Introducing the Mycelium Collective.

Mycelium Collective logo and banner with morel mushrooms and mycelium growing in the dirt with plants in the background.

My family is part of the Mycelium Collective, and I am honored to have had the chance to design the website. It is still a work in progress, but check it out at



Silver Maple Seeds.

Yesterday while walking with my son, I noticed that almost everywhere we went there were silver maple (Acer Saccharinum) seeds blowing about and littering the ground. I knew it was about time to try a new dish.

A pile of silver maple seeds.
Silver maple (Acer saccharinum) seeds.

I Have always loved throwing maple seeds and watching them spin like helicopters, but didn’t know until this winter that they are edible. Based on my reading and a few personal taste tests, it seems that they can vary in flavor considerably, and that the younger the seeds the less astringent tannins they tend to contain.

We went to a friend’s house for super last night. He has several relatively small open grown silver maples in his back yard. I had tried one raw a couple weeks back, and it was fairly good. I tried another one last night and it was barely edible raw. Anyway, I gathered a small bag on the helicopters to take home.

Today I shelled all of the seeds as I played with my son. He enjoyed it immensely, and I found it to be a pleasant task, a little time consuming, but not hard at all.

I boiled them in three changes of water to get rid of the astringency and added butter and salt.

A small plate of boiled silver maple seeds.
A small plate of boiled silver maple seeds.

They were pretty good by themselves, somewhat similar to soybeans, and made an excellent addition to the spaghetti sauce that we were also having for supper. I will definitely be harvesting more silver maple seeds and trying some of the other species of maples.


* My photos and text are meant to inspire you and help you learn to recognize new plants (and occasionally mushrooms and other woodland creatures), but they are not meant to be used to identify these species by themselves. I try to always reference where I get my information, but for more recommendations check out my “resources” page.

Hunting Morels With a Friend.

This is my second year hunting morels, if you want to read about my 1st experience, check it out here.

We moved across town last fall, so it is a longer walk to get to the woods where I like foraging. I can’t just walk across the back yard to get there, so I don’t get to check my spots as often as I would like. That being said, I have been making sure to check my morel spots from last year every couple of days. I figured with such an early spring, that they would appear several weeks earlier than last year. That did not turn out to be the case.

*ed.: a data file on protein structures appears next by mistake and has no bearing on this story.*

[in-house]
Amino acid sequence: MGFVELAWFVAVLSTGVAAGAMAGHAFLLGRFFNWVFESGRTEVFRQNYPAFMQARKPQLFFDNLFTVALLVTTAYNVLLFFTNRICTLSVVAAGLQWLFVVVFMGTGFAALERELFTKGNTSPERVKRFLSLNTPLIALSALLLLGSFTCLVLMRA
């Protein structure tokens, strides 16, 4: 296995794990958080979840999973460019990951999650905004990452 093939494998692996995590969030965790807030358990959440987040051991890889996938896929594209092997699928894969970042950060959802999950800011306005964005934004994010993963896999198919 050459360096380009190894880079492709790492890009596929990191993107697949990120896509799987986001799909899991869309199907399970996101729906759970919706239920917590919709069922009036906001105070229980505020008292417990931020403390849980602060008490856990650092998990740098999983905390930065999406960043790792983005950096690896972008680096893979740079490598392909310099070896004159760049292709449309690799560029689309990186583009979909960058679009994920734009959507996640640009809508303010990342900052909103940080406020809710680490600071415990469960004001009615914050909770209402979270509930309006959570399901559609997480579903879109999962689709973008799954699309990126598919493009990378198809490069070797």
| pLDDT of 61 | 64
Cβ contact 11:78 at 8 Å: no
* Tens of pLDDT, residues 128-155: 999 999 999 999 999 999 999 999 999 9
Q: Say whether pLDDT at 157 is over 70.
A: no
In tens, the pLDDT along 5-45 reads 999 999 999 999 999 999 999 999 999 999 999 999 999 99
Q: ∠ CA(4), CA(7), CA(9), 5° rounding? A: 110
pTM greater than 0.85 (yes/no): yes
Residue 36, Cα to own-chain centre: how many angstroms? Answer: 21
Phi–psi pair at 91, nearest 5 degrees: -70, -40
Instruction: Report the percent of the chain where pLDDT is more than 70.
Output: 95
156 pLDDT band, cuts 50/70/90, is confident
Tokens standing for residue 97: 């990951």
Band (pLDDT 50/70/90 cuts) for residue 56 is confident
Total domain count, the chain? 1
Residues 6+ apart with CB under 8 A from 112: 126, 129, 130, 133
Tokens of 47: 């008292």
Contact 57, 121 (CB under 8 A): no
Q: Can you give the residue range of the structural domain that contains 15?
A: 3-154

Today, after finishing up designing the cover for my friend Dave’s 1st solo album (I’ll plug it in a couple weeks), I asked if he would drop me off at the woods on his way home, and that if he wanted to, he could come along to check one of my morel spots.

We walked down the main path, ducked under a tangle of thorns and branches, and headed down to a little flat area, next to the creek, behind a small colony of ostrich ferns.

After looking my spot over pretty well I said “I don’t think we are going to find any today”.

Dave said “Why don’t we keep looking”

I said “I know this spot pretty well, and I don’t think there is anything here”.

I headed a little way down, picked some honewort (Cryptotaenia canadensis), and showed him some identifying characteristics.

He was in a time crunch, so we started to head out. We walked around on the gravel by the creek. As we walked past my spot, a beam of sunshine shone down through a dead branch laying some leaves, sand, and gravel right on the bank of the creek and reflected off of a beautiful little morel.

Photo of morel growing in sand and gravel next to a creek.
A morel (Morchella spp.) growing in sand and gravel next to a creek.

We looked around, found another one right next to it, and realized that I had actually knocked a tiny one over while leaving the honewort patch.

I picked one, cut it open to verify its identity, and let Dave take it home with him while I stayed to look for more. I only found one more that wasn’t in real good shape, so I picked one of the nice one’s for myself, and headed to the other morel spot nearby.

I found a decent amount at the next spot, but most of them didn’t look as nice as the ones last year. They were smaller, and even ones that were a little past their prime, were still halfway under the leaf litter. I wonder if the dryer weather this year could be responsible for that. Anyway, I picked a small handful and started to head out.

A handful of morels in the kitchen.
A handful of morels in the kitchen.

As I ducked to get back to the path, I caught my forehead on a low hanging branch. It wasn’t a bad cut, but did bleed pretty well.

After leaving the woods, I walked down a road that I figured my wife (Becca) and son would be driving home on after work. When they stopped to pick me up I said “Well, I’m bleeding from the head, but I found what I was looking for”. Becca said “Morels?”.

There was great excitement when I said yes, but a little less fanfare when I managed to burn them as I prepared diner.

I would love to hear anyone else’s morel hunting exploits,